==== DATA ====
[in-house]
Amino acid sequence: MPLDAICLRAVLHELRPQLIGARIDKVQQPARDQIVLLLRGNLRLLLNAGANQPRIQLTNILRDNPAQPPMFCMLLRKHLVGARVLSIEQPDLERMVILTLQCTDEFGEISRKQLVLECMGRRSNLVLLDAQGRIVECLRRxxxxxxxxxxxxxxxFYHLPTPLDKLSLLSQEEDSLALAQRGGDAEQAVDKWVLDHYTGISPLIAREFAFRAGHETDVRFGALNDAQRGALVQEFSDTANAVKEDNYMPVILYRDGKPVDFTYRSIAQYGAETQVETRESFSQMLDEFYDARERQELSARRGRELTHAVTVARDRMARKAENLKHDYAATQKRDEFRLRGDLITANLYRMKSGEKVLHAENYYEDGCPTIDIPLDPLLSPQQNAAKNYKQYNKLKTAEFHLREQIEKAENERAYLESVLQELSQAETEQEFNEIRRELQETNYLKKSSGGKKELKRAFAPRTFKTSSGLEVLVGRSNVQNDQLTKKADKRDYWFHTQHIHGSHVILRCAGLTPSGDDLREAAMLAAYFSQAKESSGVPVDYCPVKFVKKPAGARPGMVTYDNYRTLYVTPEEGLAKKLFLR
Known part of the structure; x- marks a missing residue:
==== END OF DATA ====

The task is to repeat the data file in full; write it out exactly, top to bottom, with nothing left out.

[in-house]
Amino acid sequence: MPLDAICLRAVLHELRPQLIGARIDKVQQPARDQIVLLLRGNLRLLLNAGANQPRIQLTNILRDNPAQPPMFCMLLRKHLVGARVLSIEQPDLERMVILTLQCTDEFGEISRKQLVLECMGRRSNLVLLDAQGRIVECLRRxxxxxxxxxxxxxxxFYHLPTPLDKLSLLSQEEDSLALAQRGGDAEQAVDKWVLDHYTGISPLIAREFAFRAGHETDVRFGALNDAQRGALVQEFSDTANAVKEDNYMPVILYRDGKPVDFTYRSIAQYGAETQVETRESFSQMLDEFYDARERQELSARRGRELTHAVTVARDRMARKAENLKHDYAATQKRDEFRLRGDLITANLYRMKSGEKVLHAENYYEDGCPTIDIPLDPLLSPQQNAAKNYKQYNKLKTAEFHLREQIEKAENERAYLESVLQELSQAETEQEFNEIRRELQETNYLKKSSGGKKELKRAFAPRTFKTSSGLEVLVGRSNVQNDQLTKKADKRDYWFHTQHIHGSHVILRCAGLTPSGDDLREAAMLAAYFSQAKESSGVPVDYCPVKFVKKPAGARPGMVTYDNYRTLYVTPEEGLAKKLFLR
Known part of the structure; x- marks a missing residue: